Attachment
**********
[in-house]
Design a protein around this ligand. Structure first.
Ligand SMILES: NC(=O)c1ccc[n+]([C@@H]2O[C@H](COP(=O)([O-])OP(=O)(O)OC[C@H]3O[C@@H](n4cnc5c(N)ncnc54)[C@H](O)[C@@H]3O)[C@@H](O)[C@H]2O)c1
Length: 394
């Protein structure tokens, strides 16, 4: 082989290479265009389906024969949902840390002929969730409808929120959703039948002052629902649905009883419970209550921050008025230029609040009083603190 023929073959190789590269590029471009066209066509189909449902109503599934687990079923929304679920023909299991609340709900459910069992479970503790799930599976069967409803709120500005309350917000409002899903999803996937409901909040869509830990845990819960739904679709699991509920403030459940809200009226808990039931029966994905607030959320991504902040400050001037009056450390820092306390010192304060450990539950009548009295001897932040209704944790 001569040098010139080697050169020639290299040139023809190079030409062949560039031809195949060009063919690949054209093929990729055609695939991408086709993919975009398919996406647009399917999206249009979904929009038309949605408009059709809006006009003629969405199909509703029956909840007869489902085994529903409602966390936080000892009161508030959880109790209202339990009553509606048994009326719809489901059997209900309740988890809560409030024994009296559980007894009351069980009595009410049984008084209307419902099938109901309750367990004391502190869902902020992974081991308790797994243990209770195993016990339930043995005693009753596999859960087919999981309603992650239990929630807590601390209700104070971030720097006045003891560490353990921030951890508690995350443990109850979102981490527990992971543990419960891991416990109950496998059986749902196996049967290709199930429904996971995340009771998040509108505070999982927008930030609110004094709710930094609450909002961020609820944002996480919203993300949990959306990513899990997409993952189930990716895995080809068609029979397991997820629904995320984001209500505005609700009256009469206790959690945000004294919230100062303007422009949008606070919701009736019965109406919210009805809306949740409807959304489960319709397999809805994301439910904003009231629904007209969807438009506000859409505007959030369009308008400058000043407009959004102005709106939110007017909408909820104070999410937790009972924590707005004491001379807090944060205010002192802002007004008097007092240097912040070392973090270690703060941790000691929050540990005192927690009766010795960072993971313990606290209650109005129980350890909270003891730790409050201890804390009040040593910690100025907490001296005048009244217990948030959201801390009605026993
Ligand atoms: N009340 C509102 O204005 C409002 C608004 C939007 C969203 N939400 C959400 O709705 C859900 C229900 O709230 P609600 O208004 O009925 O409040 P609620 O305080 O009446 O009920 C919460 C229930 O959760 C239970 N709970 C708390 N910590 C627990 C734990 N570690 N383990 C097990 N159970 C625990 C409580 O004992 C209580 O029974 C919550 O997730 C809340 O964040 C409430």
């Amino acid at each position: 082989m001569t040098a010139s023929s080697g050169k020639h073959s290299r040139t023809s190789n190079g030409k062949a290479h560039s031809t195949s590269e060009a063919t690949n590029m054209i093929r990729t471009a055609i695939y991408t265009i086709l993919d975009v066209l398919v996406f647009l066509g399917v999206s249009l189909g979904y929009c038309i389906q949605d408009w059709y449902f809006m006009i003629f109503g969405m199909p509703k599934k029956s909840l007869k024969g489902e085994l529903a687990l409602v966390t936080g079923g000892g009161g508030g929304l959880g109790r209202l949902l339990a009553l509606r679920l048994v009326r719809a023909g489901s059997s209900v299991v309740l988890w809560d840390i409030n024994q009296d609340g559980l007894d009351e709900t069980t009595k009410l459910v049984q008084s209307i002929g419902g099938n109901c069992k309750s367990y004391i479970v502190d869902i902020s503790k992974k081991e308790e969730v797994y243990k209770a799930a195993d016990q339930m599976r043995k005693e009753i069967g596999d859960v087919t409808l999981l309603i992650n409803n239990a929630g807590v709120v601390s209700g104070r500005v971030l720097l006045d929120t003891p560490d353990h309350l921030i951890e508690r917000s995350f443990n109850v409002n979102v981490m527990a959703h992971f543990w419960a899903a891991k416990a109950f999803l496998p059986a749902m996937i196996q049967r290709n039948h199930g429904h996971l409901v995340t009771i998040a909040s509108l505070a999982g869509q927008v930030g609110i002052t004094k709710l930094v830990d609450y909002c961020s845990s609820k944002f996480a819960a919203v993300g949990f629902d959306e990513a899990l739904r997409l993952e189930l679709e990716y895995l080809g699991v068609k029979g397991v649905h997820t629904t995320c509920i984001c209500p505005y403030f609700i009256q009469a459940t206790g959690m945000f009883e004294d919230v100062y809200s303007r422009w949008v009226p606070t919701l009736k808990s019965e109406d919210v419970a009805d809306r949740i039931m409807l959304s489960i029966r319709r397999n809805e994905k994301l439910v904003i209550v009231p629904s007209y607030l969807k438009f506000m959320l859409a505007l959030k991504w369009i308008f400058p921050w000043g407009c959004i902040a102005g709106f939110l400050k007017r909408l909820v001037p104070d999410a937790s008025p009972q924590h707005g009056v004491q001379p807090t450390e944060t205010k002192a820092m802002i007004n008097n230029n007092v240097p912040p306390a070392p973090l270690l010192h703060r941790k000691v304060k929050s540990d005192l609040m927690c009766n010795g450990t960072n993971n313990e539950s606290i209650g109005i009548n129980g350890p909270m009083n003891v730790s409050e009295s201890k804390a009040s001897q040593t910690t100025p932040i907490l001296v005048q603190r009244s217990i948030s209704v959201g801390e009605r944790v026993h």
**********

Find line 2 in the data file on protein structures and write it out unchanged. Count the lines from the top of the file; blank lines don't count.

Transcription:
Design a protein around this ligand. Structure first.